The Supreme Court declined Monday to review a decision that automobile leasing firms are liable for parking tickets issued for violations by their customers.

The case originated with complaints filed by the City of Chicago in Cook County Circuit Court for the year 1966.

The city alleged that Hertz Corp., owed $88,185 for 5,879 violations, Avis Rent-A-Car System, Inc., $73,425 for 4,895 violations, and Chrysler Leasing Corp. $37,395 for 2,493 violations.

But the years since 1966 could bring the total liability to more than $2 million, said the lawyers for Avis and Chrysler, former Supreme Court Justice Abe Fortas and former University of Chicago Law School Dean Phil Neal.

The controversy centered on a provision of the municipal code making the owner of a motor vehicle liable for a parking ticket no matter who had committed the violation.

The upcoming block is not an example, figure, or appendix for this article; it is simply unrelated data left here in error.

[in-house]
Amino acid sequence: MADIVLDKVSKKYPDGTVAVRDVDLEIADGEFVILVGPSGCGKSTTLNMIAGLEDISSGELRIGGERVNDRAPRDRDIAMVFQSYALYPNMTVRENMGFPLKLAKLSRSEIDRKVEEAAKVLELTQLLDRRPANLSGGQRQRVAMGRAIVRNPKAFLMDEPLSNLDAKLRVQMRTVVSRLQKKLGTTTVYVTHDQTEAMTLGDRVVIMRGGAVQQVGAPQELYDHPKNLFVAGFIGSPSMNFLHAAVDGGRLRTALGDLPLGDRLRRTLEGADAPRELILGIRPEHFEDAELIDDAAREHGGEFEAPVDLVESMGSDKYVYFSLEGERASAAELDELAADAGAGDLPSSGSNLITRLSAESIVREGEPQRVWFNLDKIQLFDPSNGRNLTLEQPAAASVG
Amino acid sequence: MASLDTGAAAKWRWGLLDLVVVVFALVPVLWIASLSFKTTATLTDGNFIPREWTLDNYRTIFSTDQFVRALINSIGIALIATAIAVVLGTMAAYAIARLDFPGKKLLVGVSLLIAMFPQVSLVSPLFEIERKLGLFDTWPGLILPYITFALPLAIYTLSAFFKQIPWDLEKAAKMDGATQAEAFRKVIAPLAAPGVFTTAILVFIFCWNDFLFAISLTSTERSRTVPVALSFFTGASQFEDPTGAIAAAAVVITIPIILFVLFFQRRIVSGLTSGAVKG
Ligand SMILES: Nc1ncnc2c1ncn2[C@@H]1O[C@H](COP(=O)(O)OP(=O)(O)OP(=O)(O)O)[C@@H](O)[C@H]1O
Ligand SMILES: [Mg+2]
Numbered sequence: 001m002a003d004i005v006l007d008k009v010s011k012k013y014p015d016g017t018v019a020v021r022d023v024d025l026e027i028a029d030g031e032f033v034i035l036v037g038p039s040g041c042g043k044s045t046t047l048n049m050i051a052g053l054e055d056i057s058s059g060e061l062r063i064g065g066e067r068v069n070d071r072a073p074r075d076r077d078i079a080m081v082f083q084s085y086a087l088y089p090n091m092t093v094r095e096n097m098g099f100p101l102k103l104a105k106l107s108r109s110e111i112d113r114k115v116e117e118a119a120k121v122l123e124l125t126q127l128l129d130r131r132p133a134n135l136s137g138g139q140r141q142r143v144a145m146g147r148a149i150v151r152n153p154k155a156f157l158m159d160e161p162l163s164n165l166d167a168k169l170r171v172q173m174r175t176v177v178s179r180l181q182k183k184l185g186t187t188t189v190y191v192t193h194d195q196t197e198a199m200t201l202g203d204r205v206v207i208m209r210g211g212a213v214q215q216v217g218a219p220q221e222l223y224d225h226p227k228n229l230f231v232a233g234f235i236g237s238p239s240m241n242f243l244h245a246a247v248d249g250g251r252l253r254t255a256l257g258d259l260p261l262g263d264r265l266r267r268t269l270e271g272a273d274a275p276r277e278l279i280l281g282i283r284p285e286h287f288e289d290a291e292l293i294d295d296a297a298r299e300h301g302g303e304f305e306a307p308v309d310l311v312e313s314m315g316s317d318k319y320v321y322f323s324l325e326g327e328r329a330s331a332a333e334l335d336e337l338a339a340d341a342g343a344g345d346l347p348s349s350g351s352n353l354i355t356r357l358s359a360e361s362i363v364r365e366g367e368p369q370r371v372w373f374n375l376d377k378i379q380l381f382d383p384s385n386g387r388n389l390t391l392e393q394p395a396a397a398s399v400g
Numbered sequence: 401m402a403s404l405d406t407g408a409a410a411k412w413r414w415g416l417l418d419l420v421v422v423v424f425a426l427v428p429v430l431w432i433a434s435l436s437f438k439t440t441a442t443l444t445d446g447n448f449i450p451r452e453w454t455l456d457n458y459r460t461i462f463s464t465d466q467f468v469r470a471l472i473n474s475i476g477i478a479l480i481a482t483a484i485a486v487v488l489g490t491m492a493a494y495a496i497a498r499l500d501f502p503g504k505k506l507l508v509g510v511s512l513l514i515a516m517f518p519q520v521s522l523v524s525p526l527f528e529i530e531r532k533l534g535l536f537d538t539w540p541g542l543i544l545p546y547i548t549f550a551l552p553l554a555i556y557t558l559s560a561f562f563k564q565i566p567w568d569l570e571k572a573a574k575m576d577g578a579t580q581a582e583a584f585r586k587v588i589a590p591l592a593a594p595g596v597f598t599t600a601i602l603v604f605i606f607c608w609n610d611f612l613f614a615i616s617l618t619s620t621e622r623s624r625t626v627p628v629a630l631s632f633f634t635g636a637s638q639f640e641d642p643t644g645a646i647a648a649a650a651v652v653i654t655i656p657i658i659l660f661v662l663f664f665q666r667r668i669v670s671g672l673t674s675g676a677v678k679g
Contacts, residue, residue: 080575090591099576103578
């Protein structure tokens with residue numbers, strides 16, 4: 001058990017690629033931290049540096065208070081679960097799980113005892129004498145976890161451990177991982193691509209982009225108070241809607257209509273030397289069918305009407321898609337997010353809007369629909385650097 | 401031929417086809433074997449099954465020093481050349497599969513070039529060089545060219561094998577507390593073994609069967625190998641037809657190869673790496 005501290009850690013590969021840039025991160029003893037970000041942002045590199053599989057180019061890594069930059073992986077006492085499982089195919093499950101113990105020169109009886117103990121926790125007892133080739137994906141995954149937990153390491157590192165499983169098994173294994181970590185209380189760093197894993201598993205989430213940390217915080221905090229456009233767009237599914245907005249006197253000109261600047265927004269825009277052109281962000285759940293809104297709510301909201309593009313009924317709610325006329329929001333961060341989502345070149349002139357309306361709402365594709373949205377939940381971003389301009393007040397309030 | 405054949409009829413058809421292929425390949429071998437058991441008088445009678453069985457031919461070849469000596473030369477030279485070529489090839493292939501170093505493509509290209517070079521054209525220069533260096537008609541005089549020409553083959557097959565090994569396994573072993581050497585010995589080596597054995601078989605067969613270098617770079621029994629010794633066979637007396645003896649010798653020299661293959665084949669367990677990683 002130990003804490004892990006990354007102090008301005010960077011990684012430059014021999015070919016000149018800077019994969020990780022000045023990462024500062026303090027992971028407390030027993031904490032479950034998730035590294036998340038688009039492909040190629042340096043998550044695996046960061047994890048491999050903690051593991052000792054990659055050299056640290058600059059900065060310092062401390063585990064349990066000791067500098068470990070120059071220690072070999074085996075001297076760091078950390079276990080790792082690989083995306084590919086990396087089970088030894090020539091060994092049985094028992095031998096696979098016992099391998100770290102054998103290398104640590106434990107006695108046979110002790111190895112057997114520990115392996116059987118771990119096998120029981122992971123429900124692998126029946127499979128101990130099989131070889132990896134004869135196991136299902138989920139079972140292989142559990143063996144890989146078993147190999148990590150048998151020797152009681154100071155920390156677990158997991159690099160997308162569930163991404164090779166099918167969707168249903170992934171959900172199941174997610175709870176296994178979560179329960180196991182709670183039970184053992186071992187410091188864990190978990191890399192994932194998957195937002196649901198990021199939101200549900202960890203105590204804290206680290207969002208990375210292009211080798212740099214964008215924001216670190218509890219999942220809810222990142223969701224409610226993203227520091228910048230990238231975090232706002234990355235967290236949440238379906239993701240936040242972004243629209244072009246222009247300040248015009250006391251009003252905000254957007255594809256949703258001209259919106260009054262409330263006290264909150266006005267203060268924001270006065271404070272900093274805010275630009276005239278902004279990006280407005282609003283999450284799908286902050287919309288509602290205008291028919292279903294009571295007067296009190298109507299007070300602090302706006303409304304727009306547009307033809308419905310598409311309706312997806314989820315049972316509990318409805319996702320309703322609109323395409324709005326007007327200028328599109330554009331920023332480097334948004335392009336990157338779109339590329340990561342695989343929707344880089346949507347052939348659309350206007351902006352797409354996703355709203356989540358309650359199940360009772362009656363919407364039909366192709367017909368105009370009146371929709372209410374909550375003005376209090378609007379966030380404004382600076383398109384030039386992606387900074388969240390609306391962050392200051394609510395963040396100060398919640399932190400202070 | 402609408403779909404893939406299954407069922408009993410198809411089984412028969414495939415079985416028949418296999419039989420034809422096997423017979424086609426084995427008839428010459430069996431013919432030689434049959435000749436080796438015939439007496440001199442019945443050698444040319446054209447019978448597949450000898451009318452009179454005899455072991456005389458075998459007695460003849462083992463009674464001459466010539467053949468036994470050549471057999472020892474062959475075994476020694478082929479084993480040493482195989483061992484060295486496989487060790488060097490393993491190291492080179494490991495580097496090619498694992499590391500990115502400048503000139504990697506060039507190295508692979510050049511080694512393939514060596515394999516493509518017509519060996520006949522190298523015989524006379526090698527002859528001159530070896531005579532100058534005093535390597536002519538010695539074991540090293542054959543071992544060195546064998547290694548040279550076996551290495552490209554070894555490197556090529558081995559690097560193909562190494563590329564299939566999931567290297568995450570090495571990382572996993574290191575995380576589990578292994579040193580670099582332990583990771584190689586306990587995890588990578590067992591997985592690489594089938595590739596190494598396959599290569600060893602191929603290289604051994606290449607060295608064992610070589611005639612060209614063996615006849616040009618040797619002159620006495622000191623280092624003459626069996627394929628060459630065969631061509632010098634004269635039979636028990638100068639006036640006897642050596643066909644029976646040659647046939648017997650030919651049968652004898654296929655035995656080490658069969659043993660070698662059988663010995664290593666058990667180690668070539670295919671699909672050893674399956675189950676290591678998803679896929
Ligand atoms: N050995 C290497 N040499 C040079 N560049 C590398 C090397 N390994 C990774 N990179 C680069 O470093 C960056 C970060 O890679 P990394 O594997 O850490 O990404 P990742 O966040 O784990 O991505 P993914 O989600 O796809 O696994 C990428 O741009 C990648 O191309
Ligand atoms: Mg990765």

Hertz protested that in "the vast bulk of cases, the driver who parked the vehicle will have long since paid his rental fee and departed, most frequently to a distant place." By the same token, the city, if it didn't collect from owners, might not collect at all.

The court took other actions: Antitrust

By a vote of 6 to 3, the justices let stand a major antitrust ruling with which the 2d U.S. Circuit Court of Appeals set aside a $2,250 million award against Whirlpool Corp. and Sears, Roebuck & Co.

The judgement had been won by Oreck Corp., which had persuaded a jury that the defendants had comspired to exclude it from the vacuum-cleaner market in the United States and Canada. "Redlining"

On Oct. 1, 1975, the Illinois legislature enacted a law aimed at "redlining," meaning the refusal of financial institutions to make mortgage and home-improvement loans for older homes in black and certain other urban neighborhoods.

Three months later, Congress enacted a law with a similar purpose, the Federal Home Mortgage Disclosure Act.

The question then became: Under the clause of the Constitution making acts of Congress "the supreme law of the land," did the federal law preempt the state law, which also applied to institutions making federally related loans?

Last May, the state's highest tribunal struck down the Illinois law. The Supreme Court let the ruling stand.